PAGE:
Mrs J Murray Brown

Aug 29, 2000
Here is a short article found today in another small local paper called the Concord Enterprise-

Among the passengers on Titanic was Mrs. J. Murray Brown, widow of the late J. Murray Brown, and mother of Mrs. George S. Keyes of Concord. Mrs. Brown went to England in the early part of March accompanied by her sisters Mrs. E.D. Appleton and Mrs. Robert Cornell, both of New York city. They were called abroad by the illness of their sister, Lady Lilly Drummond, the wife of Sir Charles. It will be remembered that she died shortly after. Immediately on learning of the terrible disaster, two sons of Mrs. Brown, Murray Brown of Acton and his brother from Boxboro left, one for New York, one for Halifax so as to meet their mother at whichever port she landed. According to the printed lists, Mrs. Brown and Mrs. Appleton were rescued and are passengers on Carpathia- no record however is there of Mrs. Cornell who is the widow of Judge Cornell of New York. Mrs. Brown, who is the widow of the late J. Murray Brown of the publishing house of Little, Brown, & Co. was a resident of Belmont and had a summer home in East Acton. She was a frequent visitor in Concord.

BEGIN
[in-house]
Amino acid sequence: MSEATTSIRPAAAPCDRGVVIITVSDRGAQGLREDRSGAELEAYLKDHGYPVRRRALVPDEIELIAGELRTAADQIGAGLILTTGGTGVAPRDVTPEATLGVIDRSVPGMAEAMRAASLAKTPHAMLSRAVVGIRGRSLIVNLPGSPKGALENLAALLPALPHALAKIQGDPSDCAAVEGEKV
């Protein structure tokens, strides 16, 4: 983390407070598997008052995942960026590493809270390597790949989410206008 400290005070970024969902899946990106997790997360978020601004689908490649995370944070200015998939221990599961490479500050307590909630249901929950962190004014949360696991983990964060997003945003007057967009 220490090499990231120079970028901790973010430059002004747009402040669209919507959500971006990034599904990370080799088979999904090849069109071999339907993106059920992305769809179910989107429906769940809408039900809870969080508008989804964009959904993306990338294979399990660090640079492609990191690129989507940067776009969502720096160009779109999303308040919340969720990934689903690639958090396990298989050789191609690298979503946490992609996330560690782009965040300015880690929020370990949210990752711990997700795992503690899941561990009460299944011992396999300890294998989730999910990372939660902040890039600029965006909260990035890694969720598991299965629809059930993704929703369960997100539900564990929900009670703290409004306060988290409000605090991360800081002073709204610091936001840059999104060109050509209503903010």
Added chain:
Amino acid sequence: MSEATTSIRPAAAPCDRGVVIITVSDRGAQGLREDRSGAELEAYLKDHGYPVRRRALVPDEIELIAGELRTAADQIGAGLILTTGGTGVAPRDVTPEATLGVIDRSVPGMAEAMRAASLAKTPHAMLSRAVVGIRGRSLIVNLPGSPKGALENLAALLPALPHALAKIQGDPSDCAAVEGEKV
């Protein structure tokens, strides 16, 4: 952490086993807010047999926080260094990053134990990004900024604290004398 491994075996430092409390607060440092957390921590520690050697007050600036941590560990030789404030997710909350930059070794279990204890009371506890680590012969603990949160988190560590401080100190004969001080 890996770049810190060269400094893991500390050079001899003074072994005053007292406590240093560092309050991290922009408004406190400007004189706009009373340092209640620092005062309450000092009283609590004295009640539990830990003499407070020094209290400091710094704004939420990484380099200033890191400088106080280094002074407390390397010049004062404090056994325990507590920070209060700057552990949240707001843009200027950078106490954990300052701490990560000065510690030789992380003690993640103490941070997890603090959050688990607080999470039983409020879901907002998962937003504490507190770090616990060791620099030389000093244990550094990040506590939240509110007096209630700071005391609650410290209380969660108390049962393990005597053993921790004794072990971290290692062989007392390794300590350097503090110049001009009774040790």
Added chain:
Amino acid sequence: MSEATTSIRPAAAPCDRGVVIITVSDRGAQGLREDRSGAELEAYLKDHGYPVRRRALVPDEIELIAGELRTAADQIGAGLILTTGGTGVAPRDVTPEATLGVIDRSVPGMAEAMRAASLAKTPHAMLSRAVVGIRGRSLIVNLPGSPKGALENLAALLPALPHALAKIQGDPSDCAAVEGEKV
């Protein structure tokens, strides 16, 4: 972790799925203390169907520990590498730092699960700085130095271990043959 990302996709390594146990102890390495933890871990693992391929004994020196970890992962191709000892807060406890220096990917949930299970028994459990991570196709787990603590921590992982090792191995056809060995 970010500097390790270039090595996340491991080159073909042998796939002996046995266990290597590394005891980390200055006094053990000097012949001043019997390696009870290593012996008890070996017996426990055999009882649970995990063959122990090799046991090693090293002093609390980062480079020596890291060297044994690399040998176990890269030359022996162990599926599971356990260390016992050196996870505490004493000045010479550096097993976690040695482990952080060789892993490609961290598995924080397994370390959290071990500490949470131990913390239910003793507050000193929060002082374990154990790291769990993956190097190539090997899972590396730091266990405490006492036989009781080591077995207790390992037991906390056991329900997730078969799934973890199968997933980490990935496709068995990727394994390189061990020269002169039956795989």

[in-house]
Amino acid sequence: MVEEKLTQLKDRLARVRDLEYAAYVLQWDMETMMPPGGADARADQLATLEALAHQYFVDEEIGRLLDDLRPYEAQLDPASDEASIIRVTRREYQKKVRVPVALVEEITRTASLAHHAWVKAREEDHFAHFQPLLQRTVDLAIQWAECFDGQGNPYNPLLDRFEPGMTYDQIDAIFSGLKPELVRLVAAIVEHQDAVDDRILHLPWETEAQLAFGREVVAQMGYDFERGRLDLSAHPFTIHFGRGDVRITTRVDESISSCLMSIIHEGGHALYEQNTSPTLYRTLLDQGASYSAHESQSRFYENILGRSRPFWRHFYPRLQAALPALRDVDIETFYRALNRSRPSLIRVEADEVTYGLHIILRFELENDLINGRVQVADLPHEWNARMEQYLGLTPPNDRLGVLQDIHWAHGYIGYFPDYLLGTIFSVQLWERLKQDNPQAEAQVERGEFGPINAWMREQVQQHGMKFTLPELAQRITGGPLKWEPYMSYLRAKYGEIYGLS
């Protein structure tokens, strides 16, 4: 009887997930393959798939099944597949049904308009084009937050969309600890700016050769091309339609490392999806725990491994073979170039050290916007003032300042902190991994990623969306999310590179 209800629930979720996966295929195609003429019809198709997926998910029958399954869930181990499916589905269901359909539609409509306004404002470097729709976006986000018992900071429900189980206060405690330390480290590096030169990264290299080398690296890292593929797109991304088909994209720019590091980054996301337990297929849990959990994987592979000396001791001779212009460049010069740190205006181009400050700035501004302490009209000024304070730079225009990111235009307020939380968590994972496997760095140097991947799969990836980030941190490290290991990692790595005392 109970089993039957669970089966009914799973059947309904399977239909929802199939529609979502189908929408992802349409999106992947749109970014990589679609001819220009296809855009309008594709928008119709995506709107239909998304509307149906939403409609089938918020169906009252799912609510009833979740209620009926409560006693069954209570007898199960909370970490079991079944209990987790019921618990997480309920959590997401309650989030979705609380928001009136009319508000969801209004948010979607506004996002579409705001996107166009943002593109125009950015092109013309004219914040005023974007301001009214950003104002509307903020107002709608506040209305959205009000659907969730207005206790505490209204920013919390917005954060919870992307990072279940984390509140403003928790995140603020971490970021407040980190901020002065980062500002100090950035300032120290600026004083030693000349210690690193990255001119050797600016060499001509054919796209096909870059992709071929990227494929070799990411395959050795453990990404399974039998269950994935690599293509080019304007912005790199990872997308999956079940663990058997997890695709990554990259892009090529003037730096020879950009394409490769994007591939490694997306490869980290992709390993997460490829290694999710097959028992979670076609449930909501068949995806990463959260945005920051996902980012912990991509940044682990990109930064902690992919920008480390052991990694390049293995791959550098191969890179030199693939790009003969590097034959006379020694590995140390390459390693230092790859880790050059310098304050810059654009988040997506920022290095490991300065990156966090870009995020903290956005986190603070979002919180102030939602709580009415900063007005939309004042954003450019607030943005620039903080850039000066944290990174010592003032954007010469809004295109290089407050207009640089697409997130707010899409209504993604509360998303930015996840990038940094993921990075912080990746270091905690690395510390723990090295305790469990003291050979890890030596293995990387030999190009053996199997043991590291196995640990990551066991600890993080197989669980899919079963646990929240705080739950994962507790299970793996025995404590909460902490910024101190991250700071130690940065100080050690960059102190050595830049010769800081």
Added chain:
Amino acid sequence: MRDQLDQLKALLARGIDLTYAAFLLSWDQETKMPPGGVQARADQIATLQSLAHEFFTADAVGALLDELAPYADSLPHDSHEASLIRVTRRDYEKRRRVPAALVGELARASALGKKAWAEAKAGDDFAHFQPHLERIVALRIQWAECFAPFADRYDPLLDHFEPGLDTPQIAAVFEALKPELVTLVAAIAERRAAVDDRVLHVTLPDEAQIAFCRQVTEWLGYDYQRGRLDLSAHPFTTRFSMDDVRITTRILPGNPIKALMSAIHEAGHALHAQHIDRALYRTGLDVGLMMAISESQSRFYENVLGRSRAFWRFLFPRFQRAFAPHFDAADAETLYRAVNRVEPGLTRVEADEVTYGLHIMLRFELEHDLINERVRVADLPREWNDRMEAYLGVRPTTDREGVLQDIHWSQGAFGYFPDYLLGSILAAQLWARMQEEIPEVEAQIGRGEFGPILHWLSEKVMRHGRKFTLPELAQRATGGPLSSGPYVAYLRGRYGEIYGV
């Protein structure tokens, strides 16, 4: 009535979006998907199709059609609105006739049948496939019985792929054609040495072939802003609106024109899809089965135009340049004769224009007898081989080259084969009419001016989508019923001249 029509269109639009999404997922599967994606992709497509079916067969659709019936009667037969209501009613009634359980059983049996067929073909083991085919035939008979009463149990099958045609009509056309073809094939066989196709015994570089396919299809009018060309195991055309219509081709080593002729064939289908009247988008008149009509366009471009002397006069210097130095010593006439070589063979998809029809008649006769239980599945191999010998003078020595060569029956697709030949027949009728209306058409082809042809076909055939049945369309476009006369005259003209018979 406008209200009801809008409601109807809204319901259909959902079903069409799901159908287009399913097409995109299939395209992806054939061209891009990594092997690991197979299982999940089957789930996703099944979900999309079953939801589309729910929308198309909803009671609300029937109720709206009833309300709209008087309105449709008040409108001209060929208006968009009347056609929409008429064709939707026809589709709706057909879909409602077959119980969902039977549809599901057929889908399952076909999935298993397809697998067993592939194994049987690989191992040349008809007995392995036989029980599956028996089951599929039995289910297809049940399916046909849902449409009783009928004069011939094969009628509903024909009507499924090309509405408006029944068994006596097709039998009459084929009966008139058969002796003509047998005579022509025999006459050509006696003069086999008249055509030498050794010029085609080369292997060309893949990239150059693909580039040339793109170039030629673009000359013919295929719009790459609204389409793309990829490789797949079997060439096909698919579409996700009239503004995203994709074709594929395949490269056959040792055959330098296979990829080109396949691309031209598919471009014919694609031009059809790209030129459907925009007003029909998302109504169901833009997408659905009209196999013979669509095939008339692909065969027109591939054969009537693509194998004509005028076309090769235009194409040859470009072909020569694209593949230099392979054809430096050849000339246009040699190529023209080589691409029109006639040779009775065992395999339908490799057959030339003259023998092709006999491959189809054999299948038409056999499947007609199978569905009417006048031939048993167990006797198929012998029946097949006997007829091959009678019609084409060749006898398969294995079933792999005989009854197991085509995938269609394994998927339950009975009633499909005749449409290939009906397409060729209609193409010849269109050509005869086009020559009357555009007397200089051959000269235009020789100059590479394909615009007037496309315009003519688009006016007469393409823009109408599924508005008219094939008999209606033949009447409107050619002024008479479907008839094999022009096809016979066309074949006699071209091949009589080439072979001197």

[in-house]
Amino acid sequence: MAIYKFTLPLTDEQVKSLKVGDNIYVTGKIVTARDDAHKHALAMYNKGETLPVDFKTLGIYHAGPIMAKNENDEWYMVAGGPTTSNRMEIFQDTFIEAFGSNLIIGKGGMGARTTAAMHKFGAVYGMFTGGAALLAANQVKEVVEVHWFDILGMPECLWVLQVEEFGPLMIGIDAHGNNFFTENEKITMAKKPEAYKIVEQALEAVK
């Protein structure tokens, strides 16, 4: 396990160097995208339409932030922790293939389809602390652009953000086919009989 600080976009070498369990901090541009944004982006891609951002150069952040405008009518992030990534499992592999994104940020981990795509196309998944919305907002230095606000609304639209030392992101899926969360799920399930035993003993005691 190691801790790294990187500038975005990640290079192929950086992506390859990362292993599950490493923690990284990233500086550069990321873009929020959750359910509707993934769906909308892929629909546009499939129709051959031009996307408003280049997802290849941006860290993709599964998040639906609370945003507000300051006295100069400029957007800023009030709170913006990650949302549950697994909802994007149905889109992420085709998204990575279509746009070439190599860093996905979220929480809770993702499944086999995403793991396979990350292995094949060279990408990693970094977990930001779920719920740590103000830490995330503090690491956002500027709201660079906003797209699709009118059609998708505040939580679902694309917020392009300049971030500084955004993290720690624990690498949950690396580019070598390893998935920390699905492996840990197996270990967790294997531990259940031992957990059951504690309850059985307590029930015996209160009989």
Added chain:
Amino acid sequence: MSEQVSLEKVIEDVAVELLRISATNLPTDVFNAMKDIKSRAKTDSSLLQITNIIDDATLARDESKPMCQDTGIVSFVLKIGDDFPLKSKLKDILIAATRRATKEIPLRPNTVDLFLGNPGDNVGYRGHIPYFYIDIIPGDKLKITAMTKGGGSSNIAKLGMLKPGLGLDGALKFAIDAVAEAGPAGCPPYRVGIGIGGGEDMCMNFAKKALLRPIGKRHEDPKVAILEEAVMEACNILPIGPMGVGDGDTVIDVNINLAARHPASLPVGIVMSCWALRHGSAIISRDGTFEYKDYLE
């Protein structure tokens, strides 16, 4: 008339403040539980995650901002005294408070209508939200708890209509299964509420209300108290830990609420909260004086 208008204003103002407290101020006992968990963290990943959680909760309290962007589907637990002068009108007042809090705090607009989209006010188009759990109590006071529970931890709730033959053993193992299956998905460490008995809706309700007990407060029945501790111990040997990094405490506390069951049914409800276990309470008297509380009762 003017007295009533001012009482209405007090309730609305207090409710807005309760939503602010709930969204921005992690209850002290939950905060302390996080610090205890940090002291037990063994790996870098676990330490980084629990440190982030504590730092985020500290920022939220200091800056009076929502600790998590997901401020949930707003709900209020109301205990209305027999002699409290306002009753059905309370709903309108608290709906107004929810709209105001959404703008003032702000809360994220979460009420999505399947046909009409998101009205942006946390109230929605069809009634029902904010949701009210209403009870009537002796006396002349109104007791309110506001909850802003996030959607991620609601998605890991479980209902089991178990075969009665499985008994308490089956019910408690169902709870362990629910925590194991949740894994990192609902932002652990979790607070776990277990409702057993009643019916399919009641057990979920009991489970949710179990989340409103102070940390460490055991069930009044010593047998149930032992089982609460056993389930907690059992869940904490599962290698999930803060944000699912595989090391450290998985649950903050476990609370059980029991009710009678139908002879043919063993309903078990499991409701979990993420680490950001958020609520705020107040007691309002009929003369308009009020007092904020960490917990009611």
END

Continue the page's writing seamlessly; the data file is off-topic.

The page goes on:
Dated April 17, 1912. Wonderful how newspapers used to give so much detail.
Jun 8, 2002
Dear Shelley,

The old, small town papers gave the best coverage of their citizens and relations involved in such international events as the sinking of the "Titanic" because they had to get it right! As you certainly know, Walter Lord used such cources often in his research because he knew he could rely on them.

Thank you very much for sharing that interesting article.

Warmest regards,

Dave Gittins

Mar 16, 2000
Unless she married a judge previously, Malvina Cornell was no widow. He husband was Robert Cornell, who was described by The New York Times as a magistrate. He met her on the pier in New York after having at first been told she was lost. He shielded her from the press and took her home.

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